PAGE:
Sources of error in relating nanoindentation results to material properties
This dissertation consists of four submission-ready papers that address some of the key error sources that affect the accuracy of interpretation of nanoindentation test results to obtain material properties for elastoplastic materials. The first part of the work is a study of the effect of sample tilt on results of nanoindentation tests. Geometrical relations are used to develop a correction to account for the effect of tilt angle on the contact area. 3D FEA (Finite Element Analysis) shows that the assumptions made in deriving the geometric correction are valid, and the results for contact area, hardness and modulus match the predictions of the analytical model. It is shown that for both materials that sink-in and those that pile-up, the projected contact area for nanoindentation on tilted sample is higher than that estimated by the standard area function, which leads to overestimation of the hardness and elastic modulus. Experimental nanoindentation tests on tilted samples show lower sensitivity to sample tilt compared to FEA results because the compliance of the indenter holder causes the indenter tip to displace in the direction of the surface tilt, reducing the total penetration of the tip into the surface. For tips with very high compliance, this may even lead to significant underestimation of the hardness and modulus. The second part discusses the various factors that affect the accuracy of FEA of nanoindentation. With the understanding that contact area error arising from discretization of the continuum is a key contributor to noise in the hardness data, a self similar mesh is designed that results in a known amount of maximum error in contact area over a range of depths of penetration of the indenter. Based on the fact that contact area increases in discrete jumps, it is argued that the maximum force that a given area of contact can support, before the next element comes into contact, is the best measure of the true hardness of the material that can be obtained with a given mesh. FEA simulations carried out with meshes of different amounts of error in contact area show that as the discretization becomes coarser, the estimate of the true hardness increases, due to the inability of the mesh to resolve the steep gradients in stress and strain near the end point of contact. It is also shown that results obtained from different meshes with different error percentages can be extrapolated to determine the exact value of hardness that will be obtained with infinitesimally small elements. It is shown that other sources of error, such as the convergence tolerance of the iterative solution process, are small in comparison to the discretization errors. The third part is a study aimed at identifying the size of the volume underneath a nanoindentation that influences the hardness and modulus measured. FEA simulations of the indentation of a hemispherical particle embedded in a matrix reveal that the hardness of particle can be measured accurately by nanoindentation as long as vii the plastically deformed region is confined entirely within the particle. While this may be intuitively obvious in retrospect, this is the first quantitative demonstration that this is so. It is found that an available relationship between the force, yield stress, and the radius of the plastically deformed zone is accurate under the conditions studied. This can be used to determine the maximum penetration depth that can be used if the size of the particle is to be estimated. For modulus of elasticity, it is shown that the modulus measured by nanoindentation method actually represents the elastic response of the entire specimen at the indentation point, which for all penetration depths, is a composite of the elastic response of both the particle and the matrix. A relationship is developed that shows the effect of boundary conditions and the matrix on the modulus measured by indentation at low depths of penetration for a hemispherical particle/matrix system. The last part describes a new iterative procedure for estimation of the mechanical properties of elasticperfectly plastic materials by nanoindentation. The key feature of this method is the estimation of the correct contact height, irrespective of whether the material piles-up or sinks-in, using an iterative procedure. It is shown that the proposed method improves the estimation of hardness and modulus compared to the Oliver and Pharr method and also gives a good estimation of the yield stress for materials with plastic index greater than 10.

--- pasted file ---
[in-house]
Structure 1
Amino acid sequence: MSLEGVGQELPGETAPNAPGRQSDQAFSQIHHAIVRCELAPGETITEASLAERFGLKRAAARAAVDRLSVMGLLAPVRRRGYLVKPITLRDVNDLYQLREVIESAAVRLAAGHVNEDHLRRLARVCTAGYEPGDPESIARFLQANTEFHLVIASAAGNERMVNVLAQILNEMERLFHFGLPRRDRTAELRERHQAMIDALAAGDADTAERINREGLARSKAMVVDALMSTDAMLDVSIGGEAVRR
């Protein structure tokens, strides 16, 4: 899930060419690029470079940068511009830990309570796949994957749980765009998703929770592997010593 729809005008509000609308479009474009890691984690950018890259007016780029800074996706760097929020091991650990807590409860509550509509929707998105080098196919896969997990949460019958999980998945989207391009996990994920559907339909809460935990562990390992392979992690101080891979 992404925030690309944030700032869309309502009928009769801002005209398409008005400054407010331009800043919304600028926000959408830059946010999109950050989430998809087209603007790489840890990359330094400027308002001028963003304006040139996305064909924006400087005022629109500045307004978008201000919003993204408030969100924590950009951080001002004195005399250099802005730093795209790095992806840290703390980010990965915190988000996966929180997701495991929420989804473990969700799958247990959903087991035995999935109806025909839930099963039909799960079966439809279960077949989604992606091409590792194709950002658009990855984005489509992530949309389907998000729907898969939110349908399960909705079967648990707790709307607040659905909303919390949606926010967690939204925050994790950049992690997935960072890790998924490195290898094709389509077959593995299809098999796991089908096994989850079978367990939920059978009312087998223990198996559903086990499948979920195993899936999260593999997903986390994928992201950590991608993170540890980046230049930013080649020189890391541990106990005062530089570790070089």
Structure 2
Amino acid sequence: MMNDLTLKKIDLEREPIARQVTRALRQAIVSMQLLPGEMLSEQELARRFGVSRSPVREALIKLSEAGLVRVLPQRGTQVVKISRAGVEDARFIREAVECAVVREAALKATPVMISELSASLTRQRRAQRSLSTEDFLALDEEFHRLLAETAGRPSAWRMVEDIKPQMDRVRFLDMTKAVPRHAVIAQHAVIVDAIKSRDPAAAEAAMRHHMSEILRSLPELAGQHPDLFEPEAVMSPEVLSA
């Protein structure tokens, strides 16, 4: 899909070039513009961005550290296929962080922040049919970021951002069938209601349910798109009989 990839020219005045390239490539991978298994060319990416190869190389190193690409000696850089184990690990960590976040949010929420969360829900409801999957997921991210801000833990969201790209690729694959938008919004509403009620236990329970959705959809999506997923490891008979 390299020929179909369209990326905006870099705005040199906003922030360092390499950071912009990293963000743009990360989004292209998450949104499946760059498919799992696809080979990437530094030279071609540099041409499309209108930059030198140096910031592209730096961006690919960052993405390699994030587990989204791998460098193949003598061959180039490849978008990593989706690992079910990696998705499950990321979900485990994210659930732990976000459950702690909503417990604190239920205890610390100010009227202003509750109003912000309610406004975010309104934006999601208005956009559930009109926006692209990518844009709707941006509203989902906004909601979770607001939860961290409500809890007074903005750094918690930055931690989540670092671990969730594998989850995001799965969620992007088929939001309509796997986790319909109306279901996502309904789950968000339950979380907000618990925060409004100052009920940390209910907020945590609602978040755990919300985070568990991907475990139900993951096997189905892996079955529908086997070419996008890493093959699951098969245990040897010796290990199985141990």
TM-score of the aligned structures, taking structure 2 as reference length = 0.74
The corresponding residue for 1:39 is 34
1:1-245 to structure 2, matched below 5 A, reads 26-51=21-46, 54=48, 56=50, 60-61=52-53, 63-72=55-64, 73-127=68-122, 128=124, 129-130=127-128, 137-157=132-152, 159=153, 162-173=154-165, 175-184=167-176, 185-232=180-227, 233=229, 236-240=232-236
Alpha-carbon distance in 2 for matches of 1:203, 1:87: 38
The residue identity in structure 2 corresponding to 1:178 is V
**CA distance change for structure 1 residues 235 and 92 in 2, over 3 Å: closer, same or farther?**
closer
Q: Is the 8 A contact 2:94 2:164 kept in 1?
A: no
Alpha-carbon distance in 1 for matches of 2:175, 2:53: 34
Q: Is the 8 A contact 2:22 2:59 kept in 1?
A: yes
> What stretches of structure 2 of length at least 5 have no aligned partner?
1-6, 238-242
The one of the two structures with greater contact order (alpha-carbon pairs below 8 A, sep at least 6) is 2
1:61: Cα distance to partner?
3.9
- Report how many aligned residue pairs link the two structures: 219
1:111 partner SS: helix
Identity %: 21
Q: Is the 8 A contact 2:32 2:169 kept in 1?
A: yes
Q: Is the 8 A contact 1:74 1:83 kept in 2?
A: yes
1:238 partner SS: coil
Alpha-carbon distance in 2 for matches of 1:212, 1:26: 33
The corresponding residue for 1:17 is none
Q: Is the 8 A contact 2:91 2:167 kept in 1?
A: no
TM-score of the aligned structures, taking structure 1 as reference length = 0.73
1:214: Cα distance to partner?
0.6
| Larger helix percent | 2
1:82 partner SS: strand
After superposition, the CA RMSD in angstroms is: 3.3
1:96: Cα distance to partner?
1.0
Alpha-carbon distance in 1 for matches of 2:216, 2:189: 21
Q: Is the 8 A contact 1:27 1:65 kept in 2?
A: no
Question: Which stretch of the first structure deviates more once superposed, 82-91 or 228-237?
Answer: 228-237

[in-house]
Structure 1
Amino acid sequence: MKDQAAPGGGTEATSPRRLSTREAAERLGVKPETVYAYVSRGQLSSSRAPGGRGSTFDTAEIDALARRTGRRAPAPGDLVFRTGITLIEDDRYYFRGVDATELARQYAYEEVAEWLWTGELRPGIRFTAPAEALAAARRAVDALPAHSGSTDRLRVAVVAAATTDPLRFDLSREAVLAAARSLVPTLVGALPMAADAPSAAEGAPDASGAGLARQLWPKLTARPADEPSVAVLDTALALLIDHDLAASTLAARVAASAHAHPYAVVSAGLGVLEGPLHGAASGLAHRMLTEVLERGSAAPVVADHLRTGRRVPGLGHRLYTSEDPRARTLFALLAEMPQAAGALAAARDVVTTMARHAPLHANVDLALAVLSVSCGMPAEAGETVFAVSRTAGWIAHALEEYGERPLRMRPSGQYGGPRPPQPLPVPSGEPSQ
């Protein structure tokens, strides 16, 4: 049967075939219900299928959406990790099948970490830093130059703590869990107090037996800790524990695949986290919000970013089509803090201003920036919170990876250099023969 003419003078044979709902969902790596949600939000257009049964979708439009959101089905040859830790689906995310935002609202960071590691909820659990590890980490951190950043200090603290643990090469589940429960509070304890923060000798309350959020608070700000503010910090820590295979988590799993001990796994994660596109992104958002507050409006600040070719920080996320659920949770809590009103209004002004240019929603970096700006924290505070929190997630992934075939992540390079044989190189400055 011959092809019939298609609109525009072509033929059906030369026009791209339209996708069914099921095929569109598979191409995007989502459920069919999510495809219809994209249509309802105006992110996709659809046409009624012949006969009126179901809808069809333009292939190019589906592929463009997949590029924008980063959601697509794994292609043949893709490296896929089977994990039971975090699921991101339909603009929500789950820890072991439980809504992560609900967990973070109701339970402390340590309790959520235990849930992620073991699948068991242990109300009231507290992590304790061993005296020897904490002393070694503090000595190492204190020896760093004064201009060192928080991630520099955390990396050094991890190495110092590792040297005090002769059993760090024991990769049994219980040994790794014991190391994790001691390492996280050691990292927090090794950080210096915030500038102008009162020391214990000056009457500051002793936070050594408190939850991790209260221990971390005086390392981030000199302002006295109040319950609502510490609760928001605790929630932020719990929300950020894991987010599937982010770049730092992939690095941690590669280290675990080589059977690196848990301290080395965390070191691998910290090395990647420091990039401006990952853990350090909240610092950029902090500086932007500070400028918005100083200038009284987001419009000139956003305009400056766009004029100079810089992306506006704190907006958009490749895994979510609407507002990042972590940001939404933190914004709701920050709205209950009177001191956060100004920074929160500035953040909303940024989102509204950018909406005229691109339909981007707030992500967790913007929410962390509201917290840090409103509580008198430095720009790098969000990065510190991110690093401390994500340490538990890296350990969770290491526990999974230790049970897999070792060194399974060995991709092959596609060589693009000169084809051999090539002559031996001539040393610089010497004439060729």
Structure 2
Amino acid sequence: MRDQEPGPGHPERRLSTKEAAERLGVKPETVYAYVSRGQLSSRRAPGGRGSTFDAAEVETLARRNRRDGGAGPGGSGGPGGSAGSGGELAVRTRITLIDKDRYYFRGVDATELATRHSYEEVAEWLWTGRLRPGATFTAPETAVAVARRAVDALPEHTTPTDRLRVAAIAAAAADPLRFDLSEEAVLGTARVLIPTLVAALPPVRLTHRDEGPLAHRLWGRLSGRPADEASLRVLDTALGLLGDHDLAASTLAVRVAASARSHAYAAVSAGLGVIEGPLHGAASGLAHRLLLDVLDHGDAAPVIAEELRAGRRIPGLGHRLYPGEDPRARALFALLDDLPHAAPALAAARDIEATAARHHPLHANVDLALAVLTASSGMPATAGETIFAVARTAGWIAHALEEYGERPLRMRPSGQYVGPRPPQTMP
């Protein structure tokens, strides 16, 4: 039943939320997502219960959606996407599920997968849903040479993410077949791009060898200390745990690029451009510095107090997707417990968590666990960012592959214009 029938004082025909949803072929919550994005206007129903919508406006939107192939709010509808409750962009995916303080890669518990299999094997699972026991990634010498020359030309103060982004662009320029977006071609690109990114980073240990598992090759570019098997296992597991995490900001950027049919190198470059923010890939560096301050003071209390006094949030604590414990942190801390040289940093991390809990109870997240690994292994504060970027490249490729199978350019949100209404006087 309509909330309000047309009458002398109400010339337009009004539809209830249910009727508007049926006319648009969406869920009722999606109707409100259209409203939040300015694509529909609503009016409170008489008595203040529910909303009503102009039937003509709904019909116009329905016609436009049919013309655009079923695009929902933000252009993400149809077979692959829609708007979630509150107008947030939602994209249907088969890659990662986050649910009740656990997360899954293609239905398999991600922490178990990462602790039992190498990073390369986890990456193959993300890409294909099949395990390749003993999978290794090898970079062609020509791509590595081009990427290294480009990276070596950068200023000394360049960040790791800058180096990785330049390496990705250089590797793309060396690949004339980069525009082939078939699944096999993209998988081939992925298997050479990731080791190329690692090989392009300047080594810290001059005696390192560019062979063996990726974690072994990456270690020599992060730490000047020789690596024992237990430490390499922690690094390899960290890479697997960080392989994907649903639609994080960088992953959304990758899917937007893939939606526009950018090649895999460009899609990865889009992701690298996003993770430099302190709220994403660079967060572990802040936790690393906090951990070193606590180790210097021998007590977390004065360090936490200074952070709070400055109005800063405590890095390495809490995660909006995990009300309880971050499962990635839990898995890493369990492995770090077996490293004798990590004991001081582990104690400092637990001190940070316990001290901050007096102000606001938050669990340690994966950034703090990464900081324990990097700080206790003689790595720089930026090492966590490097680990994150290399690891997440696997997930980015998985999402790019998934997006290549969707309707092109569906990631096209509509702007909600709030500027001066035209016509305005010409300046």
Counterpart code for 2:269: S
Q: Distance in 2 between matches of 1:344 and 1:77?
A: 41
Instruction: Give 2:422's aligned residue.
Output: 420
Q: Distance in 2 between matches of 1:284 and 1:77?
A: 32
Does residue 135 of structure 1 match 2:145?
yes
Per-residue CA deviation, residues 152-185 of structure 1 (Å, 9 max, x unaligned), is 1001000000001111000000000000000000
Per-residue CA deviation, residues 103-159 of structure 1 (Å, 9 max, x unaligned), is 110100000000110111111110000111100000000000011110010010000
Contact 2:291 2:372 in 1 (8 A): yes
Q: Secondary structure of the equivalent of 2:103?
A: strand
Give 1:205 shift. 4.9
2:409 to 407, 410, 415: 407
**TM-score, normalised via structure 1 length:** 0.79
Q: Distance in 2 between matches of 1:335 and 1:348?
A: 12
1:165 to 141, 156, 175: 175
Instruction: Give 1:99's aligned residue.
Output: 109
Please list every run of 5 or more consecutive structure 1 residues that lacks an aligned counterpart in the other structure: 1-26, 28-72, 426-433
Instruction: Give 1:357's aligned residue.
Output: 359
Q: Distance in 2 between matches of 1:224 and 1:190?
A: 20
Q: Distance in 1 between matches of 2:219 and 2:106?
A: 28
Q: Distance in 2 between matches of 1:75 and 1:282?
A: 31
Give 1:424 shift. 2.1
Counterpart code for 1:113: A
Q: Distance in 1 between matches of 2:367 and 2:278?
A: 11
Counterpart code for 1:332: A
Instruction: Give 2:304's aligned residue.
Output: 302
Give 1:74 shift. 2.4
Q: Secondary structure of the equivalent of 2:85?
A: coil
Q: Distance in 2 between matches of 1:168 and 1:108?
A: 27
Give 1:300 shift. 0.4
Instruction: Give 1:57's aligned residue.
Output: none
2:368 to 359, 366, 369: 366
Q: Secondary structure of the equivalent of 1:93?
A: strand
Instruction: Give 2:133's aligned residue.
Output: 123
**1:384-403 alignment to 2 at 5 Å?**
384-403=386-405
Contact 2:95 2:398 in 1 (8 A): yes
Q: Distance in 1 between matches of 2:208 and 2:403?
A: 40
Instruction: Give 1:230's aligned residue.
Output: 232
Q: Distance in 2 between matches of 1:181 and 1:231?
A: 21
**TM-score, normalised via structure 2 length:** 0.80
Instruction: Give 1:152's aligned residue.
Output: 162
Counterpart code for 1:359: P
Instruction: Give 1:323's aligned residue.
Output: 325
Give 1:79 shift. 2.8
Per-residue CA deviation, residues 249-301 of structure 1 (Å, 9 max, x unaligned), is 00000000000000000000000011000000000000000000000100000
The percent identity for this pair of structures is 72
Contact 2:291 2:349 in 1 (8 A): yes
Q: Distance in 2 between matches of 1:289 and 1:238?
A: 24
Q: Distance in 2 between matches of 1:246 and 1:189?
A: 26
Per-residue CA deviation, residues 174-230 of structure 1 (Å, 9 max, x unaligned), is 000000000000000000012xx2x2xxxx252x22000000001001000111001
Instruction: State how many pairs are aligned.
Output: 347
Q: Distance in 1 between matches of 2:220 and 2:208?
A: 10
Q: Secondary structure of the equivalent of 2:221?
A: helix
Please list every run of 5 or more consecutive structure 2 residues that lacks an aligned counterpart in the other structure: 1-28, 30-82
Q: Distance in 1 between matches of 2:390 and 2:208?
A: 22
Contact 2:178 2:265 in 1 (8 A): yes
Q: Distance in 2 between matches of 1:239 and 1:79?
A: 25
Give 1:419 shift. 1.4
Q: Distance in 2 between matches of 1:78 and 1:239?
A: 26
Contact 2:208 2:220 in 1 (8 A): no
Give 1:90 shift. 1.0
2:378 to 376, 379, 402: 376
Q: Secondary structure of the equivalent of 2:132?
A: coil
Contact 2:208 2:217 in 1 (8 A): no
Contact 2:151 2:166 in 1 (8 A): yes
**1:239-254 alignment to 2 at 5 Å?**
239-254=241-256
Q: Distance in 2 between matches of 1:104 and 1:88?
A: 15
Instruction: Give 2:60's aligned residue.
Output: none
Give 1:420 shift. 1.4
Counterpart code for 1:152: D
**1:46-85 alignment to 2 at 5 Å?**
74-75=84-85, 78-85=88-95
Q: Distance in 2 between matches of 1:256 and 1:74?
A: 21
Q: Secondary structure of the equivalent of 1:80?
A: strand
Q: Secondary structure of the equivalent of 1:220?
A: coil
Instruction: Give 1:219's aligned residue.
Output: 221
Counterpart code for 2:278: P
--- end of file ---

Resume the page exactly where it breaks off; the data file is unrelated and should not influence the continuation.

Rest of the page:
Thesis (Ph.D.)--Wichita State University, College of Engineering, Dept. of Industrial and Manufacturing Engineering